Intake

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An intake, or especially for aircraft inlet, is an air intake for an engine. Because the modern internal combustion engine is in essence a powerful air pump, like the exhaust system on an engine, the intake must be carefully engineered and tuned to provide the greatest efficiency and power. An ideal intake system should increase the velocity of the air until it travels into the combustion chamber, while minimizing turbulence and restriction of flow.

Automobile engine intakes[edit]

Engine intake of a Mercedes-Benz C 63 AMG

Early automobile intake systems were simple air inlets connected directly to carburetors. The first air filter was implemented on the 1915 Packard Twin Six.[citation needed]

A modern automobile air intake system has three main parts, an air filter, mass flow sensor, and throttle body. Some modern intake systems can be highly complex, and often include specially-designed intake manifolds to optimally distribute air and air/fuel mixture to each cylinder. Many cars today now include a silencer to minimize the noise entering the cabin.[citation needed] Silencers impede air flow and create turbulence which reduce total power, so performance enthusiasts often remove them.[citation needed]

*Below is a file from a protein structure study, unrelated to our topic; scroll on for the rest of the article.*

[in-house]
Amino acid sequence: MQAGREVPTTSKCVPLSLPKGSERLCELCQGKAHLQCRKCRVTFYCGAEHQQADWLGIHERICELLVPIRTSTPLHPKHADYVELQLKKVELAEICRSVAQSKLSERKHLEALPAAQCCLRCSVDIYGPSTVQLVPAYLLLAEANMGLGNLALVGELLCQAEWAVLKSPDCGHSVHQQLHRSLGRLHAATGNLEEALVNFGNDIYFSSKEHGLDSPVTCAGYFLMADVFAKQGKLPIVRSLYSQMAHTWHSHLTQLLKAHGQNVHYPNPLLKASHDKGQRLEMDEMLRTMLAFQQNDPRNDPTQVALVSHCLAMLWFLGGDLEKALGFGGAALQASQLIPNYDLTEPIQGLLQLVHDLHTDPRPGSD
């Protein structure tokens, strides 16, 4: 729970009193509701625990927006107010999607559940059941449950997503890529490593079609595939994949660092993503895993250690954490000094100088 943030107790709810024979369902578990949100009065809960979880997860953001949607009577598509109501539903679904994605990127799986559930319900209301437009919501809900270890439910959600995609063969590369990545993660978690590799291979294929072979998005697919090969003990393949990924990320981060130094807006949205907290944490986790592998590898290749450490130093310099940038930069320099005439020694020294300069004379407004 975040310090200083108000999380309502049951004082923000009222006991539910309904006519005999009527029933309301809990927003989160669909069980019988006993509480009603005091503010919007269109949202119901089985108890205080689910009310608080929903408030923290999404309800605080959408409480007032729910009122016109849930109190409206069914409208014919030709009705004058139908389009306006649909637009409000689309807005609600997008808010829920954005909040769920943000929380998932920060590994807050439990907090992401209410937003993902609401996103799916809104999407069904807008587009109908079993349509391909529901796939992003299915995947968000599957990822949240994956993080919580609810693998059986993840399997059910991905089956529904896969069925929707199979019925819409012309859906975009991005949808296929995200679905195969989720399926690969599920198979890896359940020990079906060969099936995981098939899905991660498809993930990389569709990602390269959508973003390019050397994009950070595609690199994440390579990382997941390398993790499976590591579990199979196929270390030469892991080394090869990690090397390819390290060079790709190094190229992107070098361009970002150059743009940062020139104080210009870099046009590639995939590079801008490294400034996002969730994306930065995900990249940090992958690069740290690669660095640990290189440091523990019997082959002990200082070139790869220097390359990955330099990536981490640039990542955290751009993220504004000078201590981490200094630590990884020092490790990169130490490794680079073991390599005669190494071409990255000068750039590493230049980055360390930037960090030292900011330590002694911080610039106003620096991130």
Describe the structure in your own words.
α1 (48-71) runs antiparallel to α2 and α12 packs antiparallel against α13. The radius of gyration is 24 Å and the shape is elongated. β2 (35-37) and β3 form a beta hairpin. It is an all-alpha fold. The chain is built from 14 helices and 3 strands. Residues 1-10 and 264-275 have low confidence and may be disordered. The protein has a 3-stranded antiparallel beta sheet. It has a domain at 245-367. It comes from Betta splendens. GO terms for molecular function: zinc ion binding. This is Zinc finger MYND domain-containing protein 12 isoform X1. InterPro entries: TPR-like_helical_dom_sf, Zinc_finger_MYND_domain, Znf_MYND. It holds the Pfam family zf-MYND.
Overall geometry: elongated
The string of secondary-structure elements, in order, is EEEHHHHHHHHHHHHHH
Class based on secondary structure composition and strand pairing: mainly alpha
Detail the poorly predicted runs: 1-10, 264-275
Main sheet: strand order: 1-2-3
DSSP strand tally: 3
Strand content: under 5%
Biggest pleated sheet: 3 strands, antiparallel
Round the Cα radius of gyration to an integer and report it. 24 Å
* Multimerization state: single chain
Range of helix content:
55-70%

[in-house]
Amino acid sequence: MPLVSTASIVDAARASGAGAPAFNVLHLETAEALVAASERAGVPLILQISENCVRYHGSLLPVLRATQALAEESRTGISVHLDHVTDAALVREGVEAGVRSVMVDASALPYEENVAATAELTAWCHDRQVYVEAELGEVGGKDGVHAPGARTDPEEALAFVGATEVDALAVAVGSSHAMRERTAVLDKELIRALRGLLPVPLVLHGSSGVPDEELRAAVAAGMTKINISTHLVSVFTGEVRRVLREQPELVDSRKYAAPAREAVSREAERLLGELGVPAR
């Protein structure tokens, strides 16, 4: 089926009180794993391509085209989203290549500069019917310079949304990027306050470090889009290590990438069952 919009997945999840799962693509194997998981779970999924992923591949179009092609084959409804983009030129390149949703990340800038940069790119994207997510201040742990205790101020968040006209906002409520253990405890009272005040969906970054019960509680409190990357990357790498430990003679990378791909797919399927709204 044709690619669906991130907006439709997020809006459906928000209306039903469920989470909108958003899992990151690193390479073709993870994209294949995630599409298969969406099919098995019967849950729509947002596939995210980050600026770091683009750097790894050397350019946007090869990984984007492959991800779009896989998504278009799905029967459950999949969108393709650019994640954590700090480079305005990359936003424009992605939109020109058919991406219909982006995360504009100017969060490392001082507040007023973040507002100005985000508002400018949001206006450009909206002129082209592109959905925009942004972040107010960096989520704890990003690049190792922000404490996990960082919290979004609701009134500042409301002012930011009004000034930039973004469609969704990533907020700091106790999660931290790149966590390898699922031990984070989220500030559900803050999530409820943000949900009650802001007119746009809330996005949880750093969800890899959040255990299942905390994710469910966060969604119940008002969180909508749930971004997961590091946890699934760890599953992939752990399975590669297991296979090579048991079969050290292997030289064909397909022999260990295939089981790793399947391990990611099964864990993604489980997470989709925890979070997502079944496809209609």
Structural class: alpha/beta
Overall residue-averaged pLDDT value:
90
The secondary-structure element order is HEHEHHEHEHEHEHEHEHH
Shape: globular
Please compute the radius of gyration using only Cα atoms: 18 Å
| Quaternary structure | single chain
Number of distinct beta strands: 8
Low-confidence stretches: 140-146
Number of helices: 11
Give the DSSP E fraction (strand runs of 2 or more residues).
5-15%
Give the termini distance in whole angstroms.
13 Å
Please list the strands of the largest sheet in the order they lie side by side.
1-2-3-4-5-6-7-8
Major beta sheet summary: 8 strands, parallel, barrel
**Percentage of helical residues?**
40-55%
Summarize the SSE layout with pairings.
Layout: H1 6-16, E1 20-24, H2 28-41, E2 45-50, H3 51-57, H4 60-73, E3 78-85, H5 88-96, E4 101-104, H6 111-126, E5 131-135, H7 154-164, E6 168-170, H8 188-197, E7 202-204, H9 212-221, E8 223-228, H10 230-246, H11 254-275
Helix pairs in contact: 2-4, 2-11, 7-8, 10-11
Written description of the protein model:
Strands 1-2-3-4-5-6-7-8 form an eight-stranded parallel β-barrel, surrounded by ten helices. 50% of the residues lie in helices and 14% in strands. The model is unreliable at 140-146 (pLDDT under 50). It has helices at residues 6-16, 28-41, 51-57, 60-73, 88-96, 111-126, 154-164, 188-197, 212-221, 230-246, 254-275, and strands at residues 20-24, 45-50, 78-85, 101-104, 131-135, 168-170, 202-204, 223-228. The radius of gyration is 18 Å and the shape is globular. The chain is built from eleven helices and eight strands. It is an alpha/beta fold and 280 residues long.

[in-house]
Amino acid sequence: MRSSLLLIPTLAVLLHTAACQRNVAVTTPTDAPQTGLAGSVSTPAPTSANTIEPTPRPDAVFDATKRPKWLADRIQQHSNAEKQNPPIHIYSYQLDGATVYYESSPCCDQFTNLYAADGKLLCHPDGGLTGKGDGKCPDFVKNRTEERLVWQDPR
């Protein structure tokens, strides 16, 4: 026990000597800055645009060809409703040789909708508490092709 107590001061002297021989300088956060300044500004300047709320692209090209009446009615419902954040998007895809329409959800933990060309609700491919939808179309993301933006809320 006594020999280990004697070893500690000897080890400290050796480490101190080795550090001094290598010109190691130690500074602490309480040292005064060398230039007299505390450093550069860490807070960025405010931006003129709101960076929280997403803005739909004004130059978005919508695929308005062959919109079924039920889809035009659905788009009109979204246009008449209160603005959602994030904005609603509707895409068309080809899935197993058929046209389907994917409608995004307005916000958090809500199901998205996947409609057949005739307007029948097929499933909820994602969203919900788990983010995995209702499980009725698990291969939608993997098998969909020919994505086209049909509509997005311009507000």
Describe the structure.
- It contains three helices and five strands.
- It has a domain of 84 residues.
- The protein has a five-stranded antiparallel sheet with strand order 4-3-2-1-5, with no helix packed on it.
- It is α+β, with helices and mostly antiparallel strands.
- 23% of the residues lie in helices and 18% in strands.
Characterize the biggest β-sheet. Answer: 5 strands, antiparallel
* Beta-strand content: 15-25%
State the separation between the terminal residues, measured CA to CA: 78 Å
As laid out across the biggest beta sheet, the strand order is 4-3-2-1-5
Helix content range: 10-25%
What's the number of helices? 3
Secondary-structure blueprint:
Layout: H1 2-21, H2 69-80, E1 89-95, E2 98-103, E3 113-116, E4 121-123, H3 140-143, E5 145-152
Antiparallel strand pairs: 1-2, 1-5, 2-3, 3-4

All the above is usually accomplished by flow testing on a flow bench in the port design stage. Cars with turbochargers or superchargers which provide pressurized air to the engine usually have highly-refined intake systems to improve performance dramatically.[citation needed]

Production cars have specific-length air intakes to cause the air to vibrate and buffett[dubious ] at a specific frequency to assist air flow into the combustion chamber.[citation needed] Aftermarket companies for cars have introduced larger throttle bodies and air filters to decrease restriction of flow at the cost of changing the harmonics of the air intake for a small net increase in power or torque.[citation needed]

Aircraft intakes[edit]

With the development of jet engines and the subsequent ability of aircraft to travel at supersonic speeds, it was necessary to design inlets to provide the flow required by the engine over a wide operating envelope and to provide air with a high pressure recovery and low distortion. These designs became more complex as aircraft speeds increased to Mach 3.0 and Mach 3.2, design points for the XB-70 and SR-71 respectively. The inlet is part of the fuselage or part of the nacelle.

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